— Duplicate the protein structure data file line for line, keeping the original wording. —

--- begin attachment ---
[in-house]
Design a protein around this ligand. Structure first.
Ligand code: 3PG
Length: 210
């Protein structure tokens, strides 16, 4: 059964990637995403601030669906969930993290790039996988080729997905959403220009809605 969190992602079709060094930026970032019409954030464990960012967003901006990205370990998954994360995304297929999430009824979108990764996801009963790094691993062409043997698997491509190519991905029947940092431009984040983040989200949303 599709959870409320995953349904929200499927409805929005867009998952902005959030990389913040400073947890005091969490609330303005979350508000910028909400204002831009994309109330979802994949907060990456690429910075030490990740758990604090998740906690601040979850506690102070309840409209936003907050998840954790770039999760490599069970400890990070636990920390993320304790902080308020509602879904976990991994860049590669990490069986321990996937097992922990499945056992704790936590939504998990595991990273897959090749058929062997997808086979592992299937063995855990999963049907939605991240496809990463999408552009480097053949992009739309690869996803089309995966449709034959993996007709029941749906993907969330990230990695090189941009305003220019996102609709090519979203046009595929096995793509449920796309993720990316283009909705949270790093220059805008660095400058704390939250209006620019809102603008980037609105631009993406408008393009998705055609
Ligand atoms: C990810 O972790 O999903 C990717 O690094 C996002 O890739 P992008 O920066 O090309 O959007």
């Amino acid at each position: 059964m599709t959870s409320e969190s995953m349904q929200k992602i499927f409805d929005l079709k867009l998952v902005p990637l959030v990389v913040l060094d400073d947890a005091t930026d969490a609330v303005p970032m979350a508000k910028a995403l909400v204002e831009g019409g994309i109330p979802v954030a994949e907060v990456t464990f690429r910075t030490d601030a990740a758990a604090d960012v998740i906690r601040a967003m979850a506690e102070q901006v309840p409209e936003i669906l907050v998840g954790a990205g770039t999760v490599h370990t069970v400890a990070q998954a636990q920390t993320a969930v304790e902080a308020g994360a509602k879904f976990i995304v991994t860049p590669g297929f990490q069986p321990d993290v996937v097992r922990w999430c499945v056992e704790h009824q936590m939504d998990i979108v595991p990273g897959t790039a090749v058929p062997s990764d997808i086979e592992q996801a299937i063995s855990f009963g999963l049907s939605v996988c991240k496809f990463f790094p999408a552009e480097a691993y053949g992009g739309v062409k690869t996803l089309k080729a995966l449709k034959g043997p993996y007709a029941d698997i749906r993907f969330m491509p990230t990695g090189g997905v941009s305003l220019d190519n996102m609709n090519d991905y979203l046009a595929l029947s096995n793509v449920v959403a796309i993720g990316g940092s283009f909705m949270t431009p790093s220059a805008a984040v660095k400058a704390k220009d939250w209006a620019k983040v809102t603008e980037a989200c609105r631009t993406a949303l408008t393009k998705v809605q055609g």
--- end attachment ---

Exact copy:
[in-house]
Design a protein around this ligand. Structure first.
Ligand code: 3PG
Length: 210
């Protein structure tokens, strides 16, 4: 059964990637995403601030669906969930993290790039996988080729997905959403220009809605 969190992602079709060094930026970032019409954030464990960012967003901006990205370990998954994360995304297929999430009824979108990764996801009963790094691993062409043997698997491509190519991905029947940092431009984040983040989200949303 599709959870409320995953349904929200499927409805929005867009998952902005959030990389913040400073947890005091969490609330303005979350508000910028909400204002831009994309109330979802994949907060990456690429910075030490990740758990604090998740906690601040979850506690102070309840409209936003907050998840954790770039999760490599069970400890990070636990920390993320304790902080308020509602879904976990991994860049590669990490069986321990996937097992922990499945056992704790936590939504998990595991990273897959090749058929062997997808086979592992299937063995855990999963049907939605991240496809990463999408552009480097053949992009739309690869996803089309995966449709034959993996007709029941749906993907969330990230990695090189941009305003220019996102609709090519979203046009595929096995793509449920796309993720990316283009909705949270790093220059805008660095400058704390939250209006620019809102603008980037609105631009993406408008393009998705055609
Ligand atoms: C990810 O972790 O999903 C990717 O690094 C996002 O890739 P992008 O920066 O090309 O959007």
């Amino acid at each position: 059964m599709t959870s409320e969190s995953m349904q929200k992602i499927f409805d929005l079709k867009l998952v902005p990637l959030v990389v913040l060094d400073d947890a005091t930026d969490a609330v303005p970032m979350a508000k910028a995403l909400v204002e831009g019409g994309i109330p979802v954030a994949e907060v990456t464990f690429r910075t030490d601030a990740a758990a604090d960012v998740i906690r601040a967003m979850a506690e102070q901006v309840p409209e936003i669906l907050v998840g954790a990205g770039t999760v490599h370990t069970v400890a990070q998954a636990q920390t993320a969930v304790e902080a308020g994360a509602k879904f976990i995304v991994t860049p590669g297929f990490q069986p321990d993290v996937v097992r922990w999430c499945v056992e704790h009824q936590m939504d998990i979108v595991p990273g897959t790039a090749v058929p062997s990764d997808i086979e592992q996801a299937i063995s855990f009963g999963l049907s939605v996988c991240k496809f990463f790094p999408a552009e480097a691993y053949g992009g739309v062409k690869t996803l089309k080729a995966l449709k034959g043997p993996y007709a029941d698997i749906r993907f969330m491509p990230t990695g090189g997905v941009s305003l220019d190519n996102m609709n090519d991905y979203l046009a595929l029947s096995n793509v449920v959403a796309i993720g990316g940092s283009f909705m949270t431009p790093s220059a805008a984040v660095k400058a704390k220009d939250w209006a620019k983040v809102t603008e980037a989200c609105r631009t993406a949303l408008t393009k998705v809605q055609g």